This week is conference week at my children's school. I did not expect to get a glowing report on either child, though they are both exceptionally bright. Yes, I know every parent thinks that their progeny is the next Steven Hawking, but I actually have documentation to substantiate my claim. And yes, that sounds just as pretentious when I say it out loud.

But my children think "outside the box". They learn and process through experimentation, manipulation and sensory stimulation. They are both extremely creative and hunger for visual and tactile sustenance. Public school does not know what to do with my children, and so, they are compartmentalized within the very narrow definition of "gifted" and farmed out a couple days a week to harried accelerated learning specialists who have too many students and not enough resources. The rest of the time, they must fend for themselves; technicolor thinkers in a black and white world.

During my second grader's conference, the very timeworn issue of "lack of focus" came up, as it always does. The teacher, who is actually exceptionally well suited to her job and infinitely more patient with my child than I am, slid a worksheet accross the table with lips pursed and waited expectantly for me to comment. The front of the sheet you see, was utterly pristine. There was not one pencil mark upon it. The back however, was completely covered in graphite...a riot of shapes and shading that upon closer insepction revealed a very detailed and richly embellished medieval battle scene. This is how my darling 7 year old spent the morning, while his classmates dilligently filled in the blanks on their worksheets. The problem then was not lack of focus, but that upon which my son chose to focus. My children have art instruction once a week, and obviously, this is not enough to slake my child's thirst. He was simply seeking another outlet for his creative energy, worksheets be damned.

Anyway, it was quite clear that she expected me to be as outraged by this as she was. Try as I might, I simply could not summon the kind of indignation that I knew any conscientious mother would should be feeling. Here is why:

Since the dawn of time, man has used the arts to communicate, to create a tapestry of the human experience, and to give meaning to his existence. In the ancient world, a civilization possessed of a strong artistic culture was thought to have a citizenry superior in intellect and inventiveness.

Unfortunately, as our world becomes more technologically oriented, with great scientific advances and medical marvels, emphasis on and interest in the arts has waned to the point of being deemed almost inconsequential. Sadly, only 36% of American students receive the recommended minimum of one hour per week of art instruction, despite the fact that the benefits of arts education are well documented.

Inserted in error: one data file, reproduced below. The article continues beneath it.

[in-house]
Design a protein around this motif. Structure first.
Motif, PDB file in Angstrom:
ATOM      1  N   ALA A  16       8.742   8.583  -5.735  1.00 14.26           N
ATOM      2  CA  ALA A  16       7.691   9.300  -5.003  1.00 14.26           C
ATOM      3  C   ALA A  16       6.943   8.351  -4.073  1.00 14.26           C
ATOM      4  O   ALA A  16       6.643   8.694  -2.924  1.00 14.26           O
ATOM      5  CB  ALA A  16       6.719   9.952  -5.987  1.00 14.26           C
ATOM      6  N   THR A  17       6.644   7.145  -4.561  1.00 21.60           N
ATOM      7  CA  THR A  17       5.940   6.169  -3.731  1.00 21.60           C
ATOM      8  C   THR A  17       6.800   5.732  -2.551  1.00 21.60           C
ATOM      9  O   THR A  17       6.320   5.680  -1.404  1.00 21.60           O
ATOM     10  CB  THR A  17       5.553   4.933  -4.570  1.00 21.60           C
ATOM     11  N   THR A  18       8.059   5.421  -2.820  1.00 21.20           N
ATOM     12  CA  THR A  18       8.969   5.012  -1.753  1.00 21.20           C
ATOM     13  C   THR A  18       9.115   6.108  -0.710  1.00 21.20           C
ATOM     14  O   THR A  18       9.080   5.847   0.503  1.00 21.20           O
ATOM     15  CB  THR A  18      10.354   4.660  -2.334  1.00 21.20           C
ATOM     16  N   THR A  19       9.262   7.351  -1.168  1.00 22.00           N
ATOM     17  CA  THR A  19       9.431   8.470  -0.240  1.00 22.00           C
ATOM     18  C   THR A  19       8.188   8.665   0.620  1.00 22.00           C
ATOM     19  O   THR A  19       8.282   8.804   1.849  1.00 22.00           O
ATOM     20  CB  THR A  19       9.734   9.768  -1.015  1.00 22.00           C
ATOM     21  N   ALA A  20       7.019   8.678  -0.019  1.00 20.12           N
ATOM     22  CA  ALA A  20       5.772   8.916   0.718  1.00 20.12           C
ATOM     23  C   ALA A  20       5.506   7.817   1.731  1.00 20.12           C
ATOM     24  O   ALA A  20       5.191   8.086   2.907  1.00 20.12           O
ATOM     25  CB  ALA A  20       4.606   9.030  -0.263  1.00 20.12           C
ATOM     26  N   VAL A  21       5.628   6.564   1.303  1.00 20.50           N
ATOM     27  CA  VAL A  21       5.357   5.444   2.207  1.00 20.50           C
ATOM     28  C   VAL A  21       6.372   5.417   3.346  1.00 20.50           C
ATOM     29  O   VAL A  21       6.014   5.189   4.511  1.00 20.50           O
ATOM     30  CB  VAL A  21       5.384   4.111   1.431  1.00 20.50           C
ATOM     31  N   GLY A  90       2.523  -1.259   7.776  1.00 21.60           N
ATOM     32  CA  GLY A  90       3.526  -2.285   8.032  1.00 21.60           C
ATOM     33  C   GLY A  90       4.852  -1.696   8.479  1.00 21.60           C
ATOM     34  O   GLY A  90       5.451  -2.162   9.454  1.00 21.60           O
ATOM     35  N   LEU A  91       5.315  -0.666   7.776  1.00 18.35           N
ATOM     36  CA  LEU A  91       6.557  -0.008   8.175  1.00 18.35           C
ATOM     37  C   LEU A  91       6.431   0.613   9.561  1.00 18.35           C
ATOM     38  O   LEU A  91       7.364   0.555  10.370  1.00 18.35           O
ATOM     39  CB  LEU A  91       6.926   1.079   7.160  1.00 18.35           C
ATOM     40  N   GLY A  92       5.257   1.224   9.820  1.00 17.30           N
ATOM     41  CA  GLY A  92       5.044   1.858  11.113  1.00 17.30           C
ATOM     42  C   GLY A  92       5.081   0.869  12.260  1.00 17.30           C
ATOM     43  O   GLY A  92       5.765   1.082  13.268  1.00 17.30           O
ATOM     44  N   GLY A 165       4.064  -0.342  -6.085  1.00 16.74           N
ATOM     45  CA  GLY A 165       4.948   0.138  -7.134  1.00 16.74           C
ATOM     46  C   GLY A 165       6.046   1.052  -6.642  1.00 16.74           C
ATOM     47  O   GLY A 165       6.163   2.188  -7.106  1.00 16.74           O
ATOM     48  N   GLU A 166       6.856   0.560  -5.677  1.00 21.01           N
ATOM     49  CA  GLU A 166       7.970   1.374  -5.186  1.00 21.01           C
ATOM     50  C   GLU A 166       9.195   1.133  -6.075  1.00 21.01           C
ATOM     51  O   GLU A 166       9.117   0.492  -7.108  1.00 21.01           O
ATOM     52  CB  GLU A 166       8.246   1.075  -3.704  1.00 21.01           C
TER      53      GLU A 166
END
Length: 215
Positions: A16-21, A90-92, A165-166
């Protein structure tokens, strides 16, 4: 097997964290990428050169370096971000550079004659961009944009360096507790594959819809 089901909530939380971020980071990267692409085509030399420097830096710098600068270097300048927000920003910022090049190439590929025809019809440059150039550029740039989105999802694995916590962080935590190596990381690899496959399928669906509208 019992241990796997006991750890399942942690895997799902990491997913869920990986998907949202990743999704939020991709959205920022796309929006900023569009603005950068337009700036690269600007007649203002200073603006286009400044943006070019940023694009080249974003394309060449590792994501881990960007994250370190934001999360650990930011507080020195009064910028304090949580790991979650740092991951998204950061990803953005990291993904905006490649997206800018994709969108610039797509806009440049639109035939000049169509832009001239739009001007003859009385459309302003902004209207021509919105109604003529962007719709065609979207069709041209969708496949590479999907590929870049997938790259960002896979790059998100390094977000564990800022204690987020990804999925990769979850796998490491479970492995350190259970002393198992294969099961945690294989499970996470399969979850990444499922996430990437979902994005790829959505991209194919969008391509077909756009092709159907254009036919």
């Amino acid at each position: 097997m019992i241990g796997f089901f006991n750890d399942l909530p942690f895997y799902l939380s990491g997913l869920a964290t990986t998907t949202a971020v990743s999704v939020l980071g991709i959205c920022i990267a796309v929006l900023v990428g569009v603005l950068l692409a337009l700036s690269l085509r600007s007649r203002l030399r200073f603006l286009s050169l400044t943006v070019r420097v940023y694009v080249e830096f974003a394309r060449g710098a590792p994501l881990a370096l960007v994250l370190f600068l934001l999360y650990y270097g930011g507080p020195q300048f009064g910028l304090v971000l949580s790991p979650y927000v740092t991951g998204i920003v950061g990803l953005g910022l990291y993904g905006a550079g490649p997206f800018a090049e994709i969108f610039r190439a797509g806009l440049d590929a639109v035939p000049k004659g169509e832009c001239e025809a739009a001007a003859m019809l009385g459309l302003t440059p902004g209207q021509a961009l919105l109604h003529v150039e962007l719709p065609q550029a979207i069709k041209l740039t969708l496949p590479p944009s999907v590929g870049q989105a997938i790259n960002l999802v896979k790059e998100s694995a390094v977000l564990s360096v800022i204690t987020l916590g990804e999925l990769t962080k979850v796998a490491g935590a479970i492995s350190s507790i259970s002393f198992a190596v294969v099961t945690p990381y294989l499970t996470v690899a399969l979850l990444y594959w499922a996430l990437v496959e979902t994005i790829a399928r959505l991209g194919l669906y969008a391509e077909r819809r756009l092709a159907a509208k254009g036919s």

Numerous studies have shown that a comprehensive arts education helps children:

  • Learn more effectively in all areas of the school curriculum, including math and science.
  • Experience greater understanding of what they learn
  • Score higher on all aspects of the SAT.
  • Acheive higher levels of academic success in college.

According to research by Professor Shirley Brice Heath of Stanford University, young people who practice the arts are:

  • Four times more likely to win an academic award>
  • Eight times more likely to receive a community service award
  • Three times more likely to win a school attendance award
  • Four times more likely to participate in a math or science fair.

Public schools are failing our children. As funding becomes increasingly scarce, and more and more emphasis is placed on standardized testing, our children are becoming one dimensional and creatively stunted. Classroom learning is tailored to those who are "normal" or "average", and those who fall above or below that designation are left to swim against the current in the vain hope of making it to shore. They either dog paddle in place, placidy treading water and waiting for their peers to catch up, or they are dragged beneath the waves and held there while the rest of the school swims effortlessly by.

I joined the PTA despite my lack of joiner mentality and abhorrence of such things, to have a hand in changing this. On an individual level, I cannot address the ridiculous academic standards and uniform curriculum, but I can do something about the woeful lack of enrichment programs available. I submitted a proposal to the Administration for a parent led program that I had seen being used with great success at another area elementary school. The program is designed to achieve the following:

  • To educate students about artistic techniques, as well as art history and theory in a fun and age appropriate manner.
  • To foster a love of and appreciation for art.
  • To facilitate creativity and self-expression.
  • To encourage parent involvement.

The program required a very minimal commitment of one hour once or twice a month in which a parent representative would choose an artist from a pre-established list for the applicable age group (2nd graders just don't get Kandinski and 5th graders are much too sophisticated for Pollack). The parent would give a short presentation about the artist's biographical information, as well as that regarding the artist’s medium, technique, and theoretical beliefs. Parents were encouraged to be as creative as they like in their presentations. They could dress as the featured artist; perhaps wear a beret or carry a palette and brush. They might speak with an accent or imitate a physical attribute. Following the presentation, the parent would lead the class in a related project, using what they had learned.